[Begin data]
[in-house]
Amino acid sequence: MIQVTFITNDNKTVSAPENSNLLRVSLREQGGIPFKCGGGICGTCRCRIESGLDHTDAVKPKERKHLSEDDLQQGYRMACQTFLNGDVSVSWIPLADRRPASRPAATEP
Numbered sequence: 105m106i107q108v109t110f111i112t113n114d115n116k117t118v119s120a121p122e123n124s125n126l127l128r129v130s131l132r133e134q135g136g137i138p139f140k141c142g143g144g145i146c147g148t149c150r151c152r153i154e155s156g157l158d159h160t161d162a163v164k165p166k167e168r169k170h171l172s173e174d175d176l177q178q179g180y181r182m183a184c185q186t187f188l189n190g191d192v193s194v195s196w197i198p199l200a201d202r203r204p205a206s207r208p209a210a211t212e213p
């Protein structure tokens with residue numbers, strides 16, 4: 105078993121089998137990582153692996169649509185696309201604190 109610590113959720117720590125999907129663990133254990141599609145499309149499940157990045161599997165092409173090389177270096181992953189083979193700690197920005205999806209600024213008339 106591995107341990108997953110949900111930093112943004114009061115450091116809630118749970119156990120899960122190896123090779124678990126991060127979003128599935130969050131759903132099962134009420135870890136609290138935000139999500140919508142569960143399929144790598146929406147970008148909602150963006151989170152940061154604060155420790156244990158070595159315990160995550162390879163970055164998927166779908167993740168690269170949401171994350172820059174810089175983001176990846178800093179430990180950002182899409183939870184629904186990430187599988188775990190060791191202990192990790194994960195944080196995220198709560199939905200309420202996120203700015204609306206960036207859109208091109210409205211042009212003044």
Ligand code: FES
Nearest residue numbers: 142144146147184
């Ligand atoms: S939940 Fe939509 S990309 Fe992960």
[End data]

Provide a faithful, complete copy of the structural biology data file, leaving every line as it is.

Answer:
[in-house]
Amino acid sequence: MIQVTFITNDNKTVSAPENSNLLRVSLREQGGIPFKCGGGICGTCRCRIESGLDHTDAVKPKERKHLSEDDLQQGYRMACQTFLNGDVSVSWIPLADRRPASRPAATEP
Numbered sequence: 105m106i107q108v109t110f111i112t113n114d115n116k117t118v119s120a121p122e123n124s125n126l127l128r129v130s131l132r133e134q135g136g137i138p139f140k141c142g143g144g145i146c147g148t149c150r151c152r153i154e155s156g157l158d159h160t161d162a163v164k165p166k167e168r169k170h171l172s173e174d175d176l177q178q179g180y181r182m183a184c185q186t187f188l189n190g191d192v193s194v195s196w197i198p199l200a201d202r203r204p205a206s207r208p209a210a211t212e213p
């Protein structure tokens with residue numbers, strides 16, 4: 105078993121089998137990582153692996169649509185696309201604190 109610590113959720117720590125999907129663990133254990141599609145499309149499940157990045161599997165092409173090389177270096181992953189083979193700690197920005205999806209600024213008339 106591995107341990108997953110949900111930093112943004114009061115450091116809630118749970119156990120899960122190896123090779124678990126991060127979003128599935130969050131759903132099962134009420135870890136609290138935000139999500140919508142569960143399929144790598146929406147970008148909602150963006151989170152940061154604060155420790156244990158070595159315990160995550162390879163970055164998927166779908167993740168690269170949401171994350172820059174810089175983001176990846178800093179430990180950002182899409183939870184629904186990430187599988188775990190060791191202990192990790194994960195944080196995220198709560199939905200309420202996120203700015204609306206960036207859109208091109210409205211042009212003044």
Ligand code: FES
Nearest residue numbers: 142144146147184
């Ligand atoms: S939940 Fe939509 S990309 Fe992960």